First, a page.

Democrats have an opportunity to reinforce the social safety net, address climate change and combat wealth inequality, without burdening future generations with new debt or stoking inflation. But as they hammer out their “reconciliation” package, they are in danger of falling tragically short.

President Biden promised to roll back President Donald Trump’s tax cuts. He pledged to fully pay for his Build Back Better agenda. Democrats are now in danger of violating both pledges.

To satisfy moderates, especially Sen. Kyrsten Sinema (D-Ariz.), Democrats are reportedly looking to fund their reconciliation bill without raising top-line tax rates on wealthy individuals and profitable corporations. They are instead considering imposing a corporate alternative minimum tax, creating a 15 percent minimum tax for multinationals’ overseas profits and curbing tax evasion by pumping up the IRS. Democrats reckon these sorts of measures would still cover the roughly $2 trillion over 10 years they believe their final package would cost.

Well, maybe. A corporate alternative minimum tax, international tax reform and enhanced IRS enforcement are good policies on their own merits, and they could certainly raise substantial amounts of revenue. But relying on more effective tax collection for $700 billion in new revenue — over a third of the package’s size — is a massive risk. Much would depend on whether Congress gave the IRS all the tools it needed, such as new bank reporting requirements, and on whether future Congresses maintained the agency’s funding. If Republicans took one or both chambers of Congress, they could easily undercut the IRS in government funding bills, as they have in the past, blowing a hole in the Democrats’ revenue projections. Even without GOP sabotage, the IRS would have to follow through on the technological upgrades, hiring and other measures necessary to improve its enforcement. Maybe that would translate into $700 billion. Maybe not.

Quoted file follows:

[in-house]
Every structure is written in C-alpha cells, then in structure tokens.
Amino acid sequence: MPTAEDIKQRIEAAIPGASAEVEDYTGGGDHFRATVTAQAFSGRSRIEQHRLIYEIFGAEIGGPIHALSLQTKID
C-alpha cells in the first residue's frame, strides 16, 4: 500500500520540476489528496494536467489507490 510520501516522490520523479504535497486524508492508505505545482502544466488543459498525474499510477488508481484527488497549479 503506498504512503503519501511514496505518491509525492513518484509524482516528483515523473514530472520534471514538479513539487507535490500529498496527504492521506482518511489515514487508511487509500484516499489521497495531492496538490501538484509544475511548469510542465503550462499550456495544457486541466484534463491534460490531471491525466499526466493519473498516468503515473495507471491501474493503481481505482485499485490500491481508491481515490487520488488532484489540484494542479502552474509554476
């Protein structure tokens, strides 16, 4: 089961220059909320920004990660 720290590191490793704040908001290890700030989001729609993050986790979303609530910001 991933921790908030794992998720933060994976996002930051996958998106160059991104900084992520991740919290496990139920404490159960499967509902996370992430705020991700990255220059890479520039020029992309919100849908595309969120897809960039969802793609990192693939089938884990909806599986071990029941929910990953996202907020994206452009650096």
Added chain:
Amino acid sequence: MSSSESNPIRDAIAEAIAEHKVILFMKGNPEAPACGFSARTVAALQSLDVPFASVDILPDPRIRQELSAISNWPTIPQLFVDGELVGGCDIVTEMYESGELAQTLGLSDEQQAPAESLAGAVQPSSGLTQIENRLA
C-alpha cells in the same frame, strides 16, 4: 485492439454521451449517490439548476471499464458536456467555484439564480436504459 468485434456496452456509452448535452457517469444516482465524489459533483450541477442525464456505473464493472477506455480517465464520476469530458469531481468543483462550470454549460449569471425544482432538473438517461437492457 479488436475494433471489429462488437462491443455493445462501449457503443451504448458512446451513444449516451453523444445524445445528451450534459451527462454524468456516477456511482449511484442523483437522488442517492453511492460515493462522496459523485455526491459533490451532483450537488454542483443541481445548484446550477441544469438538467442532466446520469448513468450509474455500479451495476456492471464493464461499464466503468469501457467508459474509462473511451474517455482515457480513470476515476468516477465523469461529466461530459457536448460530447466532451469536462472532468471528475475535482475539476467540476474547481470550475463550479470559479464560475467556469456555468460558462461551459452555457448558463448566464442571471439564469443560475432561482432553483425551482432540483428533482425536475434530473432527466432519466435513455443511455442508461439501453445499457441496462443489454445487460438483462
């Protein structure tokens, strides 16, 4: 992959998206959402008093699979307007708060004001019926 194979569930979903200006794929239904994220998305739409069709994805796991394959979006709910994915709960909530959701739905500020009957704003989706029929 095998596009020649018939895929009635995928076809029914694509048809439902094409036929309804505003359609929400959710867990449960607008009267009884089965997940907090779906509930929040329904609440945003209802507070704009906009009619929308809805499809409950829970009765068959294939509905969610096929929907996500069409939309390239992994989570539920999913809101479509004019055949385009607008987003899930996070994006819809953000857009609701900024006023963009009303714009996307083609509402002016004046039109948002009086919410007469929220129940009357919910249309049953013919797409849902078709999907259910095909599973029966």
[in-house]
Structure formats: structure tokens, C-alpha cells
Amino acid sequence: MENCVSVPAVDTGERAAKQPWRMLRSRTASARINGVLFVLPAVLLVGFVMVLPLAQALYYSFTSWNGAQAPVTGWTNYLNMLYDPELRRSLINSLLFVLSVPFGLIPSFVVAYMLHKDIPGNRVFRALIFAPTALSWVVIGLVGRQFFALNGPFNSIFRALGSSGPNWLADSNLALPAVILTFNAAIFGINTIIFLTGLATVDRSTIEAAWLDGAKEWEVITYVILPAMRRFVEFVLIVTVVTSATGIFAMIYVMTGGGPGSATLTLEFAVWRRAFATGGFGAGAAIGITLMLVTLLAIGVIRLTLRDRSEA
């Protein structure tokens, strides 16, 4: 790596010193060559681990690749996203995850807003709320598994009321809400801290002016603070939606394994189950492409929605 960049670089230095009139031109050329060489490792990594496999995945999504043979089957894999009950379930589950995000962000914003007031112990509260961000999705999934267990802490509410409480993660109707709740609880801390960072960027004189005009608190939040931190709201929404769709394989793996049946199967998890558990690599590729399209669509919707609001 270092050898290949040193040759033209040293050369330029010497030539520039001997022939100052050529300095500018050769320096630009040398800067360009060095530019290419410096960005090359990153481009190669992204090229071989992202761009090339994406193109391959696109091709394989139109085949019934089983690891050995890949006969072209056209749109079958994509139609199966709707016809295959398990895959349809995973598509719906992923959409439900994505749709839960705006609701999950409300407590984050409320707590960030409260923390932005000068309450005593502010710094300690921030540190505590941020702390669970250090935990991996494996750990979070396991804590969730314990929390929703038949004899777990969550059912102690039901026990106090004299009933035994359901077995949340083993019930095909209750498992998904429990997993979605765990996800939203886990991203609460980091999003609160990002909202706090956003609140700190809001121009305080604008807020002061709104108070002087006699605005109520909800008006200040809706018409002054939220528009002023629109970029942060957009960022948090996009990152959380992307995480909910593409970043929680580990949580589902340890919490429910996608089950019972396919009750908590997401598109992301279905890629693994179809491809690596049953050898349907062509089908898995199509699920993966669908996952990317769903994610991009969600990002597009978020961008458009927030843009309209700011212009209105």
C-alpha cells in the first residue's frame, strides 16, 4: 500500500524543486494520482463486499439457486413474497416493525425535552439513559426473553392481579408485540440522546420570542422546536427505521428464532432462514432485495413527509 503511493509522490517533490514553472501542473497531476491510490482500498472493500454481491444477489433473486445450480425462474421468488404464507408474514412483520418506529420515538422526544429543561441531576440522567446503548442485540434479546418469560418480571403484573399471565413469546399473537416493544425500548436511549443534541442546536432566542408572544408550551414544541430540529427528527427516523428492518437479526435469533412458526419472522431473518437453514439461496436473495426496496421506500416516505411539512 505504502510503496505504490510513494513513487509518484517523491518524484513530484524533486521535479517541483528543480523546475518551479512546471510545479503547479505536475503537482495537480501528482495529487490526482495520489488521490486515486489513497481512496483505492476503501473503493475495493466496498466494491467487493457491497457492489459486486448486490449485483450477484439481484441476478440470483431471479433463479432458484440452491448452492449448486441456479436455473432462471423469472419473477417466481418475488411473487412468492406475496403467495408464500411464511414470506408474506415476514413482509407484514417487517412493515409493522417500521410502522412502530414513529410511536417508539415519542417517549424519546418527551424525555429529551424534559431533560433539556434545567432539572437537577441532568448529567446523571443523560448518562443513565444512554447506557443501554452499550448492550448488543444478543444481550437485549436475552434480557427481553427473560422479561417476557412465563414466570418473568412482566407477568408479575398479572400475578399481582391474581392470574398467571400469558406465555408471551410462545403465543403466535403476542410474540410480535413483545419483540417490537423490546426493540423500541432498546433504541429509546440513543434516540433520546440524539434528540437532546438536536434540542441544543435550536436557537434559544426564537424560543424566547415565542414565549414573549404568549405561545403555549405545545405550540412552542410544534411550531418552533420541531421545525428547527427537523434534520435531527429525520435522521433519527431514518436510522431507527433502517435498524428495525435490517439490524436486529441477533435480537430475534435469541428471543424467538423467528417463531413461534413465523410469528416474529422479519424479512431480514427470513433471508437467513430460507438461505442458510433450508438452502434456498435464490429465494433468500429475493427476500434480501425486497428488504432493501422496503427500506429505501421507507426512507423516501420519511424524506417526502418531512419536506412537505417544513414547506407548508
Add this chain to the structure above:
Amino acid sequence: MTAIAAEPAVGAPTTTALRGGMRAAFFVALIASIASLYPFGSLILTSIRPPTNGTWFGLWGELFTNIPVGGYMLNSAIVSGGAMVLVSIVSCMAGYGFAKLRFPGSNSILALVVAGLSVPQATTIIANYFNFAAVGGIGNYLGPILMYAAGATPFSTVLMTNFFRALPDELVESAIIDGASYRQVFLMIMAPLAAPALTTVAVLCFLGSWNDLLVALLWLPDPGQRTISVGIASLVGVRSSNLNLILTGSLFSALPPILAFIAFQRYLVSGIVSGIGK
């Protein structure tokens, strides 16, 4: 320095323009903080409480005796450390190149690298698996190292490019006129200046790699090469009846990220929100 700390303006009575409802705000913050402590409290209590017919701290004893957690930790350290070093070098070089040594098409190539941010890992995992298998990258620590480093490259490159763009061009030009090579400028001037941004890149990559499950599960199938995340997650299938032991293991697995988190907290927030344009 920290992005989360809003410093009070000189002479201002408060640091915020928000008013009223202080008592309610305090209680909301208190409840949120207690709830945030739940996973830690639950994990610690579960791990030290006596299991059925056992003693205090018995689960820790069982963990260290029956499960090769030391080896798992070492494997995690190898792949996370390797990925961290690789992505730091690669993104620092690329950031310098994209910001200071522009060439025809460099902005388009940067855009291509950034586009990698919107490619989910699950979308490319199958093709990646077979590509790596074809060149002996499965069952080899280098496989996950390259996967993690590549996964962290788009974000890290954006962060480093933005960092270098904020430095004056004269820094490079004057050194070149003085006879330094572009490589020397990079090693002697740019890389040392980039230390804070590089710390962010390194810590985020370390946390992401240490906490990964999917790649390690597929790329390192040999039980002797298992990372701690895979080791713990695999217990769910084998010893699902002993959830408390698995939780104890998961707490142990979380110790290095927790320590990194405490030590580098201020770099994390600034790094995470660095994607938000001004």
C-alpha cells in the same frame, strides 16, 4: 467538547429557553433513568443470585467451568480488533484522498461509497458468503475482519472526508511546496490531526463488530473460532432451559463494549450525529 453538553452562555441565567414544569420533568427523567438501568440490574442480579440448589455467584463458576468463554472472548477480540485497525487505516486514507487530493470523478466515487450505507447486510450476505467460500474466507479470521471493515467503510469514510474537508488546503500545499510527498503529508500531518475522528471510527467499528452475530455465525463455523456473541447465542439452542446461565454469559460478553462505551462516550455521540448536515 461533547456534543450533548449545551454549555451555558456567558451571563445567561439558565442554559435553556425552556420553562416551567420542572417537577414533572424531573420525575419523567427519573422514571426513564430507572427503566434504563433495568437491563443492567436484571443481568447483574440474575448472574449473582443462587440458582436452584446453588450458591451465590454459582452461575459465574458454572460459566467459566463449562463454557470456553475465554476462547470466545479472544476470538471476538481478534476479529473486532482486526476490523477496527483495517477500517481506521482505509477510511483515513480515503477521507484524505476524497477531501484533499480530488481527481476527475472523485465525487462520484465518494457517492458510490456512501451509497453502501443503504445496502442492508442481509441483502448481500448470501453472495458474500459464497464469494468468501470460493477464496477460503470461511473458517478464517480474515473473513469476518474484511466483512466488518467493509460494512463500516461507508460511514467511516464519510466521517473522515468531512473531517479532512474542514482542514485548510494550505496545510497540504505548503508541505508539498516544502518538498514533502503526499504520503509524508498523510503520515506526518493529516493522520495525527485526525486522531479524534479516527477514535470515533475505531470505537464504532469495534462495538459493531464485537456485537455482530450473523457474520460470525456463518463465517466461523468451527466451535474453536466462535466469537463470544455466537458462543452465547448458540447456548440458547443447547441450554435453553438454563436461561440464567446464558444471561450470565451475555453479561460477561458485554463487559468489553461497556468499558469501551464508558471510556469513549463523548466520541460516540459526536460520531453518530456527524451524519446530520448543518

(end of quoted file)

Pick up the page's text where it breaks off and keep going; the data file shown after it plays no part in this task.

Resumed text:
More than the national debt is at stake. The Trump tax cuts were unconscionable giveaways to rich Americans at a time of growing wealth inequality and wide budget deficits. Raising top tax rates is a reliable way to boost government revenue — but also to make the economy fairer by redressing the Trump tax cuts’ wild distributional imbalances, especially if paired with a child tax credit for lower-income families. If holdout Democratic senators can’t stomach raising the corporate tax rate from 21 percent to 28 percent, as Mr. Biden favors, how about compromising on 25 percent — the number Republicans such as Sen. Mitt Romney (Utah) and former House speaker Paul Ryan (Wis.) once proposed?

With only 50 Democratic senators, Mr. Biden remarked Thursday, “every one is a president. Every single one. So you gotta work things out.” In fact, only Mr. Biden is the president, and he should insist at least on substantive tax reform and action on climate change. If Democrats did just those two things, it would be a major accomplishment. If they neglect either, it will be a rare opportunity squandered.